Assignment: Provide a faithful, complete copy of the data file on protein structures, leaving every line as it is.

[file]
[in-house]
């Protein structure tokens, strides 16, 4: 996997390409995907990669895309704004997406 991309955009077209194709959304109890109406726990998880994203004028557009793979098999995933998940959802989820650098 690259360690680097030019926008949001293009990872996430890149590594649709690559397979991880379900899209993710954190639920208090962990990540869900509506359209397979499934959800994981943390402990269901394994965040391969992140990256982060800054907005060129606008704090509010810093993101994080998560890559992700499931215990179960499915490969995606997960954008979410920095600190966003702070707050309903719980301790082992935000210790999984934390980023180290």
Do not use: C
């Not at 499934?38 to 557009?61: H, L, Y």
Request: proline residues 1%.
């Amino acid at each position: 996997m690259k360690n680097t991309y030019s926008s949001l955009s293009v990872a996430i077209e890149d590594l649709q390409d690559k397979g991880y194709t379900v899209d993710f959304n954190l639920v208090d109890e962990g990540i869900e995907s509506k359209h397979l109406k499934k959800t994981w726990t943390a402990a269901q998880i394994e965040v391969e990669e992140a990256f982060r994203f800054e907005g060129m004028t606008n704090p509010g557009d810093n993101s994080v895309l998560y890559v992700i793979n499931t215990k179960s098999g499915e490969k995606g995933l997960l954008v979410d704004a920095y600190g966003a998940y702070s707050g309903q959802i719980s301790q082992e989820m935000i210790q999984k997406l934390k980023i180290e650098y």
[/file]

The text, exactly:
[in-house]
């Protein structure tokens, strides 16, 4: 996997390409995907990669895309704004997406 991309955009077209194709959304109890109406726990998880994203004028557009793979098999995933998940959802989820650098 690259360690680097030019926008949001293009990872996430890149590594649709690559397979991880379900899209993710954190639920208090962990990540869900509506359209397979499934959800994981943390402990269901394994965040391969992140990256982060800054907005060129606008704090509010810093993101994080998560890559992700499931215990179960499915490969995606997960954008979410920095600190966003702070707050309903719980301790082992935000210790999984934390980023180290």
Do not use: C
């Not at 499934?38 to 557009?61: H, L, Y």
Request: proline residues 1%.
């Amino acid at each position: 996997m690259k360690n680097t991309y030019s926008s949001l955009s293009v990872a996430i077209e890149d590594l649709q390409d690559k397979g991880y194709t379900v899209d993710f959304n954190l639920v208090d109890e962990g990540i869900e995907s509506k359209h397979l109406k499934k959800t994981w726990t943390a402990a269901q998880i394994e965040v391969e990669e992140a990256f982060r994203f800054e907005g060129m004028t606008n704090p509010g557009d810093n993101s994080v895309l998560y890559v992700i793979n499931t215990k179960s098999g499915e490969k995606g995933l997960l954008v979410d704004a920095y600190g966003a998940y702070s707050g309903q959802i719980s301790q082992e989820m935000i210790q999984k997406l934390k980023i180290e650098y």